Properly maintaining your RV is the most important thing you can do to keep it running and help retain its value. It is recommended to follow the manufacturer’s owner’s manual to see exactly what you should do to keep your RV in top condition. You can always schedule an appointment with a Certified RV Technician at one of our many Camping World locations.
1. Like cars, RVs need their oil and filters changed at regular intervals. This is necessary to keep your engine running properly and if left undone could eventually cause your engine to seize. This could cost you as much as $10,000. Most manufacturers suggest an oil change every 3,000 to 4,500 miles, but you should check your owner’s manual for advice on your specific vehicle.
2. Servicing your RV generator is important as well. Again, check the manufacturer’s recommendations for how often the oil and filter should be changed. Ignoring this chore could cost you as much as $9,000 in repairs. Remember to run your generator regularly when your RV is stored too. If you don’t, it could cost you up to $400 to take care of the build-up on the unit’s carburetor.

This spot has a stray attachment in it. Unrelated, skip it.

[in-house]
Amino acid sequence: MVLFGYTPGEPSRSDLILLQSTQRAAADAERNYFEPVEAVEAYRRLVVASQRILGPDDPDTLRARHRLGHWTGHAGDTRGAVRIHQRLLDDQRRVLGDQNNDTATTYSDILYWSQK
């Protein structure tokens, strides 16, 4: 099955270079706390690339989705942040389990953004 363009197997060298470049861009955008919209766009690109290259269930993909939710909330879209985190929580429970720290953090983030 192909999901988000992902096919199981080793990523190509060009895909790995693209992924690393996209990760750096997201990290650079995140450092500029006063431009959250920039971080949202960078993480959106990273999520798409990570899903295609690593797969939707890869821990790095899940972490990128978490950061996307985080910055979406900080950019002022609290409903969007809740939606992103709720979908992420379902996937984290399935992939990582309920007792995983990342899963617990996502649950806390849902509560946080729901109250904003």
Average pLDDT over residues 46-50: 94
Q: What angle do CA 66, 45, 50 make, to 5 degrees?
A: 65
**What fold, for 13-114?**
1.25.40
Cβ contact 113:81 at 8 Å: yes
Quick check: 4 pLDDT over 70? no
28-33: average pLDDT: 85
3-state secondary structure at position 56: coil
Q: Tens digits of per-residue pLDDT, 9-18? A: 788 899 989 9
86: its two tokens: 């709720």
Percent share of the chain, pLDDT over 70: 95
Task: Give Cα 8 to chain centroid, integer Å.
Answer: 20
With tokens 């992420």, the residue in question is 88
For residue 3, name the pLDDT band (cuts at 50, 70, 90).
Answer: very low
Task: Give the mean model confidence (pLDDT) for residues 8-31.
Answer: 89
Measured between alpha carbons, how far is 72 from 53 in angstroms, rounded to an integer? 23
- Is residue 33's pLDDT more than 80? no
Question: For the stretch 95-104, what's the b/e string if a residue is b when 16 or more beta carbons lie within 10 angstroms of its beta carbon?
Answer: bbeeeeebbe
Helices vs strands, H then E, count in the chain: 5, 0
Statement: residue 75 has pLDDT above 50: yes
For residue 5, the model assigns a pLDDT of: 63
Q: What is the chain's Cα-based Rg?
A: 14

3. Replacing the air, fuel, coolant and hydraulic filters in your RV should also be done regularly. Damage costing upwards of $2,500 could result from increased fuel usage or overheating issues with the cooling system and oxidization in the hydraulic system.
4. Inspect the roof seals and seams of your RV every six months. Water damage can cost hundreds or thousands of dollars to repair if it’s not taken care of immediately.
5. Keeping your brakes maintained is important for your safety and those of everyone else on the road as well. Brake damage could cost as much as $2,000 for a motorhome and $500 for a trailer.
6. Keep your waste water system in good condition by using biodegradable RV toilet paper.
7. If you have a rubber roof, make sure to have the roof treated at least once per year. This prevents the sun from doing damage. You should also have a roof inspection at least twice a year.
8. Check your tire pressure and lug nuts before every trip.
9. Check your batteries before your trip. Deep cycle batteries last 3-5 years and should be replaced after their life cycle is complete.
10. Take your battery out during the winter months and store it somewhere warm. They have the possibility to freeze and break, voiding the warranty and rendering them unusable.
Source: Camping World